Sasha Bezuhanova, founder of MOVE.BG, is part of the pan-European educational hackathon's Steering Group.
Have you heard about swarm intelligence? Do you know what exoskeleton is? Have you ever used hyperspectral imaging?
All these inventions have been named as part of the list of technologies that will reshape our world in the report “100 Radical Innovation Breakthroughs for the future.” The analysis has been made by an independent expert group under the umbrella of the European Commission. The study includes potentially important cross-cutting, disruptive technologies that can influence the global process of product and services creation and offer solutions to societal challenges.
The report, which also makes several policy recommendations, is part of the EU radical innovation scanning in a bid to prepare the new scientific program Horizon Europe, the successor of the current Horizon 2020. The 100 technologies are divided into two groups of Radical Innovation Breakthroughs (RIBs): 87 are emerging technologies and 13 upcoming social practices. Some of them are already used in the business and society, while others are only in the experimental phase.
Radical Innovation Breakthroughs have two main characteristics, the experts explain in the report: an unusually high impact potential, as well as the potential to disrupt technical, economic, and social structures. RIBs are constantly developing and result from cumulative processes of multiple inventions and innovations, and their diffusion and adaptation to different circumstances.
“Many of the innovations in this report sound like science fiction, but are on the way to becoming science fact,” Carlos Moedas, the EU Commissioner for Research, Science, and Innovation, has said in a statement.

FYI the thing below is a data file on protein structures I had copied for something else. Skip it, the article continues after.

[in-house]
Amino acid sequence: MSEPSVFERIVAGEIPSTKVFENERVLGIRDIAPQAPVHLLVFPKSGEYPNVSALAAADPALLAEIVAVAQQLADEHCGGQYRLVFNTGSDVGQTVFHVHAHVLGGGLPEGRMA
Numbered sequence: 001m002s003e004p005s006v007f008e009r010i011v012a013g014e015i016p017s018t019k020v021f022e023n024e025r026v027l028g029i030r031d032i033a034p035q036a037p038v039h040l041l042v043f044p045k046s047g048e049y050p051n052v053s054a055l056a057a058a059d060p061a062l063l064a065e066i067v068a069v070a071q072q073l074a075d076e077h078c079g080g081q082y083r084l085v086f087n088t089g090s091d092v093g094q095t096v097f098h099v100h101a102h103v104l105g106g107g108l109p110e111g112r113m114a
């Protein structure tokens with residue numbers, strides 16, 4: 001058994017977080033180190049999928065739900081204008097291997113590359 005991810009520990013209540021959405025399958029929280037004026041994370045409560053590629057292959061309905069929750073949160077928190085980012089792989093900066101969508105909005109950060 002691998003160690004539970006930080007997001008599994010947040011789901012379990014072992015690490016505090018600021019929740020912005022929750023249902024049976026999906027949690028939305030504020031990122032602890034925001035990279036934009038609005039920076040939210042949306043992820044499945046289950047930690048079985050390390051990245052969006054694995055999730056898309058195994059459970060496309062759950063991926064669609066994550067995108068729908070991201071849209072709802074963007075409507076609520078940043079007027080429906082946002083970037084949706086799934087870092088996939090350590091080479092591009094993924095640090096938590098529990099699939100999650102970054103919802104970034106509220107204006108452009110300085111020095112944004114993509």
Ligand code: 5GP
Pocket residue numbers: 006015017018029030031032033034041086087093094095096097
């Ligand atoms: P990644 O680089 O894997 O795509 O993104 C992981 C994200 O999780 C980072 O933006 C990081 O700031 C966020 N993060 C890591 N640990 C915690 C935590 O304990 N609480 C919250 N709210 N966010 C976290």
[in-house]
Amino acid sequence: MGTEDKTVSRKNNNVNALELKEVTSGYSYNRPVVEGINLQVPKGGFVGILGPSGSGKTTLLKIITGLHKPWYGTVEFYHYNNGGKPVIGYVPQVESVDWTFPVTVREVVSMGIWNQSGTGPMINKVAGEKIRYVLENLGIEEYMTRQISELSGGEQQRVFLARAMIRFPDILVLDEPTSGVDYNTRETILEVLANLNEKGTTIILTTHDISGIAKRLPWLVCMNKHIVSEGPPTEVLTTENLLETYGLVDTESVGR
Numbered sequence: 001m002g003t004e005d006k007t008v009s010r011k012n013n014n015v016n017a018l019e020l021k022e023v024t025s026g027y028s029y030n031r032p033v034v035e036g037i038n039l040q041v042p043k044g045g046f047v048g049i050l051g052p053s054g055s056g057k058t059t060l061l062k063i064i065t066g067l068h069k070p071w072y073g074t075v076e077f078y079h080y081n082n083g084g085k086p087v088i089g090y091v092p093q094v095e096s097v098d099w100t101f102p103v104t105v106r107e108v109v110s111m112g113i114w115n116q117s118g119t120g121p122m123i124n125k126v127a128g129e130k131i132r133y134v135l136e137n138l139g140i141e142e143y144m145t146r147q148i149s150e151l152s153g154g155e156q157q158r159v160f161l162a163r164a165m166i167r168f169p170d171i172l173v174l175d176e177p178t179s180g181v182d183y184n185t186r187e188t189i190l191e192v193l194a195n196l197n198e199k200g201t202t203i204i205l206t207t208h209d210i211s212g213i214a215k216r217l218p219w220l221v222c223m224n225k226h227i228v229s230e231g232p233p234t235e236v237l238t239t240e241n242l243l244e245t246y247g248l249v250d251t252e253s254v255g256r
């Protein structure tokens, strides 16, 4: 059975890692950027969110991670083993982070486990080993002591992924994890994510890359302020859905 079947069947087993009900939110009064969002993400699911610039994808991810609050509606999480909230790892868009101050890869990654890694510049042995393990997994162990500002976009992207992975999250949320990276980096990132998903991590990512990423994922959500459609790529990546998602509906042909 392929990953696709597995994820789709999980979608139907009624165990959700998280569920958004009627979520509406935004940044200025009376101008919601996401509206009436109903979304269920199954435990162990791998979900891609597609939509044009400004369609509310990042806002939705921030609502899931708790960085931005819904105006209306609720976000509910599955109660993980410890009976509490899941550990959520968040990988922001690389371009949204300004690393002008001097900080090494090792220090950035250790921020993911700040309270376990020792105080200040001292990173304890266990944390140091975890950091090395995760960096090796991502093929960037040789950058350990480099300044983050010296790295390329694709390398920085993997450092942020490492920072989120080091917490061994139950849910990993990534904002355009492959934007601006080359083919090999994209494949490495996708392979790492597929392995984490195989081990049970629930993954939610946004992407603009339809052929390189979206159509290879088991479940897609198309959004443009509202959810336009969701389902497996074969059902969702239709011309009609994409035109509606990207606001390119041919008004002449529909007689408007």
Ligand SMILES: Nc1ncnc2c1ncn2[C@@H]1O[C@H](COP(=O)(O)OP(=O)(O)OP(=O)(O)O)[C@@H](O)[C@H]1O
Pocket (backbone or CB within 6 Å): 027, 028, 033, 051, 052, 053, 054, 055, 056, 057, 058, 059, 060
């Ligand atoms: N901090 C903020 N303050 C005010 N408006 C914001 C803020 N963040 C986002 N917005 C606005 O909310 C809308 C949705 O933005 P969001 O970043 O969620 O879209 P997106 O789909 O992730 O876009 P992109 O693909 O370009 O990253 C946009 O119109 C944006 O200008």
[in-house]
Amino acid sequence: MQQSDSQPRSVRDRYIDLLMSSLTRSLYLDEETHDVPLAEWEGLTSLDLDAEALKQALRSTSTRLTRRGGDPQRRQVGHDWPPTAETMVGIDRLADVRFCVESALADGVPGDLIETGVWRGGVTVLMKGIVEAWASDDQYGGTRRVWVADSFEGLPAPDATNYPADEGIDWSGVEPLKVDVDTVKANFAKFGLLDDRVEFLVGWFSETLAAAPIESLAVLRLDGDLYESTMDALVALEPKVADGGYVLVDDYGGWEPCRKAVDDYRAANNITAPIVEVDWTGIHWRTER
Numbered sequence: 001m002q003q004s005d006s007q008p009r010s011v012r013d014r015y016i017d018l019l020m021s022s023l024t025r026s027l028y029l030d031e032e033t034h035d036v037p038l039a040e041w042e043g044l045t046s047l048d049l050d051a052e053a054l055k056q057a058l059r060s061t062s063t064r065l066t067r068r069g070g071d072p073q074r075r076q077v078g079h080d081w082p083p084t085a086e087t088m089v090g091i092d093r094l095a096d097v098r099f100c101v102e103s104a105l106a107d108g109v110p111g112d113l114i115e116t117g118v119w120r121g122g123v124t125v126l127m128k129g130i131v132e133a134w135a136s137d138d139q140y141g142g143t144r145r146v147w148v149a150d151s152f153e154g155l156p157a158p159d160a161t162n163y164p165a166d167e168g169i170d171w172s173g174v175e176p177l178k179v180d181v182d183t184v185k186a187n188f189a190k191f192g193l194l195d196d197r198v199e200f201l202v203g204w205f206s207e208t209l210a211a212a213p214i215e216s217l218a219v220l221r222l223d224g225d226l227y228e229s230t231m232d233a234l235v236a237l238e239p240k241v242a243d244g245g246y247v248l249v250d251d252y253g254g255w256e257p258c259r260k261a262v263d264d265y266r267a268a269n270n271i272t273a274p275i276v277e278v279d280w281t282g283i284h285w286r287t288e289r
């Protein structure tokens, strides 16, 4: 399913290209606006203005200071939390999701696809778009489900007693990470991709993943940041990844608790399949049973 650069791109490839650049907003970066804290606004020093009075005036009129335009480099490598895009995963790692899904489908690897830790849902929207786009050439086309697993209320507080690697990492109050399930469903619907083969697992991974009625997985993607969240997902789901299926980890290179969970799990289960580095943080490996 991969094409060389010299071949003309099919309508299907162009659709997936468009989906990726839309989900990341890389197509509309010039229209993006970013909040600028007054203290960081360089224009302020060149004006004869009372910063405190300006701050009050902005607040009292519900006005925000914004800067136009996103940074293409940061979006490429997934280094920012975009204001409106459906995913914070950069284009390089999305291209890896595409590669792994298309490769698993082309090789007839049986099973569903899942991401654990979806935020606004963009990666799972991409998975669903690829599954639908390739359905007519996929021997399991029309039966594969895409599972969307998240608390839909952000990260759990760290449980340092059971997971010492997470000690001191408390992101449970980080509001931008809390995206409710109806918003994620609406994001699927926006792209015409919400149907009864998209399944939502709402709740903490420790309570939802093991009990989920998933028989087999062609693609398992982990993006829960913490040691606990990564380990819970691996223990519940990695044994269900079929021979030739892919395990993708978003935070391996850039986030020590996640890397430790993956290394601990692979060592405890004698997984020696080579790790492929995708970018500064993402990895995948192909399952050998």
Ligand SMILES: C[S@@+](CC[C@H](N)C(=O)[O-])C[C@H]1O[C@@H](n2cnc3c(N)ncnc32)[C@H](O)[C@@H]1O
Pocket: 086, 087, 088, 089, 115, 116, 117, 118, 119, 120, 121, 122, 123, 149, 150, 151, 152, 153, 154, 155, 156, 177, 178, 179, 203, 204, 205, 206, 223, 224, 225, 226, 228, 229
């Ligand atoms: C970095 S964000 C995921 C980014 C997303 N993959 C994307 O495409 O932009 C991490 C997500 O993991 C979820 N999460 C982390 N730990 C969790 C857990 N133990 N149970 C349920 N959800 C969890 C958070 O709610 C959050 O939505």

“It is fascinating and refreshing to get such a broad overview of potential future innovations together with an analysis of Europe’s relative position on the world stage. This report will help policymakers across Europe prepare for the future and will intrigue anyone interested in what that future will look like.”
The list was created after a multiple-step procedure, including machine learning and human evaluation. The expert group conducted an analysis of 150,000 news items from 200 platforms and made an initial list of 130 inventions. After that, special consultations with a broader group of European experts and Ph.D. students led to the creation of the final list.
“Breakthrough innovations are needed to boost the quality of our science as well as to address the many challenges faced by people today, individually as well as collectively,” Jean-Eric Paquet, Director-General for Research and Innovation at European Commission, writes in the report.
“[The analysis] provides a strategic resource to all those concerned with decisions on science, technology, and innovation...The collection of radical innovation breakthroughs can create common references between different policies and facilitate interactions.”
The 87 emerging technologies are divided into eight thematic groups. For example, some of the most interesting examples in the category Artificial Intelligence (AI) and Robots are:
- Augmented Reality (AU): overlaying computer-generated imagery or sound on our perception of the real world. The AU is used in synchronization with the physical world, interactive manuals giving live instructions to people working directly with machines, and in improving human health by new methods of therapy.
- Automated Indoor Farming: AI-based machines carry out classical farming tasks, including raising seedlings, replanting, and harvesting. Automated indoor farming is used in regions with high levels of radioactivity like Japan after the 2011 Fukushima Daiichi nuclear disaster or in places with water shortages, such as the Middle East.
- Blockchain: a decentralized network of nodes where smart contracts are used to manage the operation between partners. Blockchain underpins cryptocurrencies like Bitcoin (BTC) and Ethereum (ETH) but is also used in other sectors including logistics, healthcare, and financial services in a bid to lower the cost and improve efficiency.